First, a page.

Association of plasma fatty acid composition with lower extremity arterial disease: The Atherosclerosis Risk in Communities (ARIC) study

Z. J. Zheng, A. R. Folsom, E. Shahar, P. G. McGovern, J. H. Eckfeldt

Research output: Contribution to journalArticle

2 Scopus citations

Abstract

Background and Aim: The fatty acid (FA) composition of plasma cholesterol esters or phospholipids reflects medium-term dietary fat intake and has been associated with coronary heart disease, stroke, and preclinical carotid atherosclerosis. Methods and Results: We examined the association of plasma FA composition with lower extremity arterial disease (LEAD) in 1,534 men and 1,809 women aged 45-64 years who were free of clinical coronary heart disease and stroke, at the Minneapolis center of the Atherosclerosis Risk in Communities (ARIC) Study. FA composition was measured in cholesterol esters and phospholipids using gas-liquid chromatography. LEAD was assessed by a resting ankle-brachial index (ABI), the ratio of ankle systolic blood pressure to brachial systolic pressure, of ≤ 0.95 (approximately the 6th percentile in the entire ARIC population). Compared with men without LEAD, men with LEAD had statistically significantly lower levels of polyunsaturated fatty acids (PUFAs, mainly linoleic acid) and polyunsaturated to saturated FA ratio (P/S), but higher levels of monounsaturated fatty acids (MUFAs, mainly palmitoleic and oleic acids). Saturated fatty acids (SFAs) were slightly, but not statistically significantly higher in men with LEAD than those without the disease. The odds ratio estimate of LEAD for an interquartile increment in phospholipids was 1.12 (95% CI: 0.68-1.86) for SFAs, 1.53 (95% CI: 1.15-2.05) for MUFAs, 0.64 (95% CI: 0.44-0.92) for PUFAs, and 0.68 (95% CI: 0.47-0.99) for P/S, after adjustment for age, plasma LDL-cholesterol and fibrinogen, cigarette smoking, hypertension, diabetes, and dietary vitamin E intake. The magnitude of the associations was similar in plasma cholesterol esters. In women, palmitoleic acid (16:1n7) in both plasma fractions was positively, and phospholipid linoleic acid (18:2n6) was inversely, associated with LEAD. No grouped FAs, however, were statistically significantly associated with LEAD in women after mitltivariate adjustment. Analyses using ABI as a continuous variable were generally consistent with the LEAD findings. Conclusions: Reduced levels of plasma PUFAs and P/S ratio, and elevated levels of plasma MUFAs are associated with lower extremity atherosclerosis, at least in men. This provides further evidence that an atherogenic diet may contribute to LEAD.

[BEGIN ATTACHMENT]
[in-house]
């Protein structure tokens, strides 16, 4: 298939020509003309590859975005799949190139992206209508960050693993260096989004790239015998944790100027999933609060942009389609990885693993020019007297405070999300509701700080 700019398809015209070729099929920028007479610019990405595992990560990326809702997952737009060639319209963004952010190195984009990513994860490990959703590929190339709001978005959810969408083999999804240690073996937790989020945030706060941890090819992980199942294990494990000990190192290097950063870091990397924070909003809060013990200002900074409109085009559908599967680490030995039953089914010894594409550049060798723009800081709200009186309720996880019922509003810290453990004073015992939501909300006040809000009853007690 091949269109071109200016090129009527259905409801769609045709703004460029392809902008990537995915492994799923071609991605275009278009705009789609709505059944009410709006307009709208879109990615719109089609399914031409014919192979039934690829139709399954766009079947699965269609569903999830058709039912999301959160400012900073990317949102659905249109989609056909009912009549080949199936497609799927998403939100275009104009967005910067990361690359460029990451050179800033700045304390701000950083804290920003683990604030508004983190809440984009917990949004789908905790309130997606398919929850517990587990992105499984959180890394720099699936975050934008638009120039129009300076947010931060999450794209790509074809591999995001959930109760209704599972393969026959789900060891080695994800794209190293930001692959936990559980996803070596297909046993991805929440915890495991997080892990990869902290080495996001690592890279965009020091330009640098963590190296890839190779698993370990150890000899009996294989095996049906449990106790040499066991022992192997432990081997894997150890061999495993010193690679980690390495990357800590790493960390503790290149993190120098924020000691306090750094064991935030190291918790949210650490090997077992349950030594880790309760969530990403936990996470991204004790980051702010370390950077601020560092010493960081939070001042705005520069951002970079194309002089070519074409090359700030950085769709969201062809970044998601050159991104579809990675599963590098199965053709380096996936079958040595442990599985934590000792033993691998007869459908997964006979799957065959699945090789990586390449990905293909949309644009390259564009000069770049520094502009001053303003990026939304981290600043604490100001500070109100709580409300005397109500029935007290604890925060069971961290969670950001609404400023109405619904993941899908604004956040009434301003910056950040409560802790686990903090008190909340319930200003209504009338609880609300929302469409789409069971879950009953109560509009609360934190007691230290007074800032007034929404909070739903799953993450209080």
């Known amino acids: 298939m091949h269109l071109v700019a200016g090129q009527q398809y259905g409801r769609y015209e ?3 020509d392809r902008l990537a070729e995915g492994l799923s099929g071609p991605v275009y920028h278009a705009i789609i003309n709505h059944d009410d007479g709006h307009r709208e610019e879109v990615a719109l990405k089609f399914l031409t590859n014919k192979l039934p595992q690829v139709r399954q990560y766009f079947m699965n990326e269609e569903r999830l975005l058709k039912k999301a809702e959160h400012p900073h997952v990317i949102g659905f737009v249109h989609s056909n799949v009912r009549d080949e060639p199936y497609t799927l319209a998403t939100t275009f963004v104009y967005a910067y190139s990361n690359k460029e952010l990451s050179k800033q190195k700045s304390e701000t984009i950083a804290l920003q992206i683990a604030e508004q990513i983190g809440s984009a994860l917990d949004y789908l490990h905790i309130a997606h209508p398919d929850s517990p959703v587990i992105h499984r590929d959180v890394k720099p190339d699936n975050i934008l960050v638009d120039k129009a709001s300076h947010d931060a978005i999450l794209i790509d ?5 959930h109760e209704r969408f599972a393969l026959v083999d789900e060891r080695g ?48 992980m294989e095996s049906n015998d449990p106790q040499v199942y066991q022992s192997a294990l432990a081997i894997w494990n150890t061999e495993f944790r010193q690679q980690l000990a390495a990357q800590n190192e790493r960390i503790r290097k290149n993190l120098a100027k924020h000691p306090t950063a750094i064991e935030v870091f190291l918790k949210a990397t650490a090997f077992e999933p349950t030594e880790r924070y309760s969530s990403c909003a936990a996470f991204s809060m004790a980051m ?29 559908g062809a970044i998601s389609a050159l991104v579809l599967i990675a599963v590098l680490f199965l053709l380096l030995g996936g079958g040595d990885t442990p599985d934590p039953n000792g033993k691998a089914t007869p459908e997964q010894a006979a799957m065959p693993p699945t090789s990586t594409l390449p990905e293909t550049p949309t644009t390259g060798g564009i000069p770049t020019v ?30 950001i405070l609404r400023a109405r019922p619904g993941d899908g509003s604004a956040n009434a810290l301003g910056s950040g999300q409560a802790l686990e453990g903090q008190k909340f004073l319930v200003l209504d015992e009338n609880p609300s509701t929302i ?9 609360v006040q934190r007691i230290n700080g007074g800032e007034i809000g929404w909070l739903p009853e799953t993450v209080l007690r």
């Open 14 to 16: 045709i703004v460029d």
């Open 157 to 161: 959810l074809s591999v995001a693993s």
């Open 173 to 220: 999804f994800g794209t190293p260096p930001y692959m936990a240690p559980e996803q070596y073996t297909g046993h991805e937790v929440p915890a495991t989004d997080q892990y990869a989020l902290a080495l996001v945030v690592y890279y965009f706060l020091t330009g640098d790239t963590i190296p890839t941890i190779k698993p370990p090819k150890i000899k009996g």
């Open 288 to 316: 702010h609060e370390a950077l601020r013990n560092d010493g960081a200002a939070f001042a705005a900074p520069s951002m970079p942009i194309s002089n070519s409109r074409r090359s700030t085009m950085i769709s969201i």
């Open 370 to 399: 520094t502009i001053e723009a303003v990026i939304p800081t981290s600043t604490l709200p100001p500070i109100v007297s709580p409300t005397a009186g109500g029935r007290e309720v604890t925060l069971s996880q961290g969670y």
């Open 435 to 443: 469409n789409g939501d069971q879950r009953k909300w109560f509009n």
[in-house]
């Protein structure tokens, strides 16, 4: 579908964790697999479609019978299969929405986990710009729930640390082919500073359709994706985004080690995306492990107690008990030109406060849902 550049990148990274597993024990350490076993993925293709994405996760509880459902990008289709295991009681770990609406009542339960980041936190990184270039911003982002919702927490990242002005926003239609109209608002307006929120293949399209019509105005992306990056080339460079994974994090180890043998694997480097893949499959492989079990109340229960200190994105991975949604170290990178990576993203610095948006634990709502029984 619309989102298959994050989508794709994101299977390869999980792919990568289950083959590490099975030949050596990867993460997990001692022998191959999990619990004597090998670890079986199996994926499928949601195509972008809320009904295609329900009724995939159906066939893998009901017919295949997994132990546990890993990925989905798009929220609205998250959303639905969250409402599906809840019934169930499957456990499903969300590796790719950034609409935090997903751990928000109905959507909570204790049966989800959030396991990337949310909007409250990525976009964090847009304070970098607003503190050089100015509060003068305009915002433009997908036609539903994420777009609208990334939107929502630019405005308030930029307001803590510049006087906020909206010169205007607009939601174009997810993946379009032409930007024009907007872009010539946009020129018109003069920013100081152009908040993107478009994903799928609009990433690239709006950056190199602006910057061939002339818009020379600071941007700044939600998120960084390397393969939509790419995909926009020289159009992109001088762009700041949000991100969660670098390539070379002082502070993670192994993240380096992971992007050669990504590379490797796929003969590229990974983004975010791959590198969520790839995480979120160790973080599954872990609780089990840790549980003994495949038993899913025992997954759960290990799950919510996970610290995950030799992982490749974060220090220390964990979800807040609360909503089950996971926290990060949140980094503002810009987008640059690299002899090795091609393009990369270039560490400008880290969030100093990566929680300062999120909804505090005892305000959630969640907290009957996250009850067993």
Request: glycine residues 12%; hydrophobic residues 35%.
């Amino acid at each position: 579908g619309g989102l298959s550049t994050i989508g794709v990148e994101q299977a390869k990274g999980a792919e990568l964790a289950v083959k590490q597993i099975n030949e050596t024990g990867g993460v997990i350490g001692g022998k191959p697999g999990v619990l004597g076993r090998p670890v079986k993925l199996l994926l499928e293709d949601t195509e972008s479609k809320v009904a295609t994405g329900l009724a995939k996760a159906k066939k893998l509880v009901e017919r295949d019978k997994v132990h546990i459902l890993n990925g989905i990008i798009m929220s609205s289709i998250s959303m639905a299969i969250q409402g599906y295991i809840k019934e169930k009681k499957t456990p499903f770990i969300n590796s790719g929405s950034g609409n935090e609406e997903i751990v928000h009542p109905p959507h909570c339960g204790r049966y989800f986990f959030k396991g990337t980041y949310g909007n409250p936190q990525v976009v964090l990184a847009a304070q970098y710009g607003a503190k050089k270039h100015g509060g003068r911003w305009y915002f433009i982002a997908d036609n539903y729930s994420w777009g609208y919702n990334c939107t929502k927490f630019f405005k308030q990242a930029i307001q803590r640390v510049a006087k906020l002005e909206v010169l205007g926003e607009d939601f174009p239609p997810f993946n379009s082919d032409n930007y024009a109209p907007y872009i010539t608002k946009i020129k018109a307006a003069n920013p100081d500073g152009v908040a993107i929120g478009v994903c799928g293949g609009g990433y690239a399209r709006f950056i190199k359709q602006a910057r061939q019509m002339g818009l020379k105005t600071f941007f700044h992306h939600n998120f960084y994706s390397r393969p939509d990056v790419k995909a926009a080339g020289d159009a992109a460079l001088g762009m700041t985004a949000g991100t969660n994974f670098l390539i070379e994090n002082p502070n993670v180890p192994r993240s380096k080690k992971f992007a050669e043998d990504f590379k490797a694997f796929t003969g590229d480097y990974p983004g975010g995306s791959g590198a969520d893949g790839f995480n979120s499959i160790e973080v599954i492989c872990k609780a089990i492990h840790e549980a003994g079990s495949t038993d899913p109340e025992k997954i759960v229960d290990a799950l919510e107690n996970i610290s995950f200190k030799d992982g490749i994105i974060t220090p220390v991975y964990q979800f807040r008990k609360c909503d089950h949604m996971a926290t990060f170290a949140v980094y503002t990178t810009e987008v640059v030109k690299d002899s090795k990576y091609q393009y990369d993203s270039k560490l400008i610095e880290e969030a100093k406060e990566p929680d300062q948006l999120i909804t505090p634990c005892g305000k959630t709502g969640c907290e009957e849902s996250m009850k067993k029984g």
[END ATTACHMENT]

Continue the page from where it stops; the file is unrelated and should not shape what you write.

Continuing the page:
Original languageEnglish (US)
Pages (from-to)360-370
Number of pages11
JournalNutrition, Metabolism and Cardiovascular Diseases
Volume7
Issue number5
StatePublished - Dec 1 1997

Keywords

  • Atherosclerosis
  • Cholesterol esters
  • Fatty acids
  • Peripheral arterial disease
  • Phospholipids

ASJC Scopus subject areas

  • Medicine (miscellaneous)
  • Endocrinology, Diabetes and Metabolism
  • Nutrition and Dietetics
  • Cardiology and Cardiovascular Medicine

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